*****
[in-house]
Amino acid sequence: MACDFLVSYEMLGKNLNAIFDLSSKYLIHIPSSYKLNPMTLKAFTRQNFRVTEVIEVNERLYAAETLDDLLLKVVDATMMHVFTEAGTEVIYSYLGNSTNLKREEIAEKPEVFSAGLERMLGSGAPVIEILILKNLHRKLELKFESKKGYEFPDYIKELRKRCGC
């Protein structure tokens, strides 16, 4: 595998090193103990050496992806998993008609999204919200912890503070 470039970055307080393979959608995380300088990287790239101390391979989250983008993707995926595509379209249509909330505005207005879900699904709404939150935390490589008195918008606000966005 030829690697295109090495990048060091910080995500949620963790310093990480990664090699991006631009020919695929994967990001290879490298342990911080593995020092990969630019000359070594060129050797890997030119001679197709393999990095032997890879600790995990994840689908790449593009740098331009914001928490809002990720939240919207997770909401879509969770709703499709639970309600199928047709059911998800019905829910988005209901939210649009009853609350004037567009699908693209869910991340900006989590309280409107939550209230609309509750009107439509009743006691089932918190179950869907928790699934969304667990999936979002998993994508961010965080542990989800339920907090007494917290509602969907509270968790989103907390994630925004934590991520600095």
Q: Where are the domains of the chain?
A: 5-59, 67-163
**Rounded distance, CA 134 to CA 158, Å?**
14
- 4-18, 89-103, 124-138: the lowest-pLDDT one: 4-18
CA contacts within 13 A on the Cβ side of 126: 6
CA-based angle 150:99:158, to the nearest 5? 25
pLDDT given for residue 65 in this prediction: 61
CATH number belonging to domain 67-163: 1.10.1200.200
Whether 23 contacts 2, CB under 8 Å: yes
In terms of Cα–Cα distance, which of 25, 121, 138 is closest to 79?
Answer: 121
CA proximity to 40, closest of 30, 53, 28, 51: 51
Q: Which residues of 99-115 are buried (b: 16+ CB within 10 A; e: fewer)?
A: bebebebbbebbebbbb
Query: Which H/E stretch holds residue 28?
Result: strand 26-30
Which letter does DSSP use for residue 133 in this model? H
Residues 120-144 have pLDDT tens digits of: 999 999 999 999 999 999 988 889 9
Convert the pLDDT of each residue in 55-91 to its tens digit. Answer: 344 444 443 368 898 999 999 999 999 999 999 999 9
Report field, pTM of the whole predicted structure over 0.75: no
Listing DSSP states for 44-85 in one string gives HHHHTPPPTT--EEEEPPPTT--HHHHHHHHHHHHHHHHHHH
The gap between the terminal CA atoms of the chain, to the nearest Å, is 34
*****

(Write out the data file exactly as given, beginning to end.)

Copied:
[in-house]
Amino acid sequence: MACDFLVSYEMLGKNLNAIFDLSSKYLIHIPSSYKLNPMTLKAFTRQNFRVTEVIEVNERLYAAETLDDLLLKVVDATMMHVFTEAGTEVIYSYLGNSTNLKREEIAEKPEVFSAGLERMLGSGAPVIEILILKNLHRKLELKFESKKGYEFPDYIKELRKRCGC
């Protein structure tokens, strides 16, 4: 595998090193103990050496992806998993008609999204919200912890503070 470039970055307080393979959608995380300088990287790239101390391979989250983008993707995926595509379209249509909330505005207005879900699904709404939150935390490589008195918008606000966005 030829690697295109090495990048060091910080995500949620963790310093990480990664090699991006631009020919695929994967990001290879490298342990911080593995020092990969630019000359070594060129050797890997030119001679197709393999990095032997890879600790995990994840689908790449593009740098331009914001928490809002990720939240919207997770909401879509969770709703499709639970309600199928047709059911998800019905829910988005209901939210649009009853609350004037567009699908693209869910991340900006989590309280409107939550209230609309509750009107439509009743006691089932918190179950869907928790699934969304667990999936979002998993994508961010965080542990989800339920907090007494917290509602969907509270968790989103907390994630925004934590991520600095």
Q: Where are the domains of the chain?
A: 5-59, 67-163
**Rounded distance, CA 134 to CA 158, Å?**
14
- 4-18, 89-103, 124-138: the lowest-pLDDT one: 4-18
CA contacts within 13 A on the Cβ side of 126: 6
CA-based angle 150:99:158, to the nearest 5? 25
pLDDT given for residue 65 in this prediction: 61
CATH number belonging to domain 67-163: 1.10.1200.200
Whether 23 contacts 2, CB under 8 Å: yes
In terms of Cα–Cα distance, which of 25, 121, 138 is closest to 79?
Answer: 121
CA proximity to 40, closest of 30, 53, 28, 51: 51
Q: Which residues of 99-115 are buried (b: 16+ CB within 10 A; e: fewer)?
A: bebebebbbebbebbbb
Query: Which H/E stretch holds residue 28?
Result: strand 26-30
Which letter does DSSP use for residue 133 in this model? H
Residues 120-144 have pLDDT tens digits of: 999 999 999 999 999 999 988 889 9
Convert the pLDDT of each residue in 55-91 to its tens digit. Answer: 344 444 443 368 898 999 999 999 999 999 999 999 9
Report field, pTM of the whole predicted structure over 0.75: no
Listing DSSP states for 44-85 in one string gives HHHHTPPPTT--EEEEPPPTT--HHHHHHHHHHHHHHHHHHH
The gap between the terminal CA atoms of the chain, to the nearest Å, is 34